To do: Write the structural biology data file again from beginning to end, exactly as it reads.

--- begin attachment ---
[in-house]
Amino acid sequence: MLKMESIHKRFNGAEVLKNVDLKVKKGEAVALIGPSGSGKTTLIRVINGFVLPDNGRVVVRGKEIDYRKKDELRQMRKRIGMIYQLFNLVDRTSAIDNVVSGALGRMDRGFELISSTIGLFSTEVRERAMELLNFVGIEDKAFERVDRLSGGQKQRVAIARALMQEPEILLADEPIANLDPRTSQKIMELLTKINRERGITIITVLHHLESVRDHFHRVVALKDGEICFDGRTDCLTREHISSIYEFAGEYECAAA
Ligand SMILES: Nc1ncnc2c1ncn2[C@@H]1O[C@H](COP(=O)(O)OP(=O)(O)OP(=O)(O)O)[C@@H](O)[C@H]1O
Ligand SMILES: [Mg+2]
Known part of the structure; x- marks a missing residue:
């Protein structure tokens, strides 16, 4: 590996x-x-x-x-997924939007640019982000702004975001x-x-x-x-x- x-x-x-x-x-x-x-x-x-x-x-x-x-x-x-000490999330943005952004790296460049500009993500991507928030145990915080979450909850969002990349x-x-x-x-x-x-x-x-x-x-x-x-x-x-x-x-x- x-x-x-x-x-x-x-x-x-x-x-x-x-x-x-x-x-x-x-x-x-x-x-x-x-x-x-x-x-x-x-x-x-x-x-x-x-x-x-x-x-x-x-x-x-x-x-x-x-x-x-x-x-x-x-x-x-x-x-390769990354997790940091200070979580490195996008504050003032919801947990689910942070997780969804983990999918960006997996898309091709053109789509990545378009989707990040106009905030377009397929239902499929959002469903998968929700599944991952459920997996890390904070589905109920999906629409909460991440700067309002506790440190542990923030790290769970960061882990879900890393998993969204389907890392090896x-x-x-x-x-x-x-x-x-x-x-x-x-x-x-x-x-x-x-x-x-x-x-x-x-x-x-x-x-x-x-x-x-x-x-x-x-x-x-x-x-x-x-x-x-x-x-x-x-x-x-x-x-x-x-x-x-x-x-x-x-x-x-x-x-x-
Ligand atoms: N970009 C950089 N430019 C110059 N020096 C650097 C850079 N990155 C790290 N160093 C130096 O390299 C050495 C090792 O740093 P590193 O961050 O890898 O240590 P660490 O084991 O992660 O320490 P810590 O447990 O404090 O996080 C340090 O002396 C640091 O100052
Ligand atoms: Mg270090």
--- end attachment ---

[in-house]
Amino acid sequence: MLKMESIHKRFNGAEVLKNVDLKVKKGEAVALIGPSGSGKTTLIRVINGFVLPDNGRVVVRGKEIDYRKKDELRQMRKRIGMIYQLFNLVDRTSAIDNVVSGALGRMDRGFELISSTIGLFSTEVRERAMELLNFVGIEDKAFERVDRLSGGQKQRVAIARALMQEPEILLADEPIANLDPRTSQKIMELLTKINRERGITIITVLHHLESVRDHFHRVVALKDGEICFDGRTDCLTREHISSIYEFAGEYECAAA
Ligand SMILES: Nc1ncnc2c1ncn2[C@@H]1O[C@H](COP(=O)(O)OP(=O)(O)OP(=O)(O)O)[C@@H](O)[C@H]1O
Ligand SMILES: [Mg+2]
Known part of the structure; x- marks a missing residue:
């Protein structure tokens, strides 16, 4: 590996x-x-x-x-997924939007640019982000702004975001x-x-x-x-x- x-x-x-x-x-x-x-x-x-x-x-x-x-x-x-000490999330943005952004790296460049500009993500991507928030145990915080979450909850969002990349x-x-x-x-x-x-x-x-x-x-x-x-x-x-x-x-x- x-x-x-x-x-x-x-x-x-x-x-x-x-x-x-x-x-x-x-x-x-x-x-x-x-x-x-x-x-x-x-x-x-x-x-x-x-x-x-x-x-x-x-x-x-x-x-x-x-x-x-x-x-x-x-x-x-x-x-390769990354997790940091200070979580490195996008504050003032919801947990689910942070997780969804983990999918960006997996898309091709053109789509990545378009989707990040106009905030377009397929239902499929959002469903998968929700599944991952459920997996890390904070589905109920999906629409909460991440700067309002506790440190542990923030790290769970960061882990879900890393998993969204389907890392090896x-x-x-x-x-x-x-x-x-x-x-x-x-x-x-x-x-x-x-x-x-x-x-x-x-x-x-x-x-x-x-x-x-x-x-x-x-x-x-x-x-x-x-x-x-x-x-x-x-x-x-x-x-x-x-x-x-x-x-x-x-x-x-x-x-x-
Ligand atoms: N970009 C950089 N430019 C110059 N020096 C650097 C850079 N990155 C790290 N160093 C130096 O390299 C050495 C090792 O740093 P590193 O961050 O890898 O240590 P660490 O084991 O992660 O320490 P810590 O447990 O404090 O996080 C340090 O002396 C640091 O100052
Ligand atoms: Mg270090």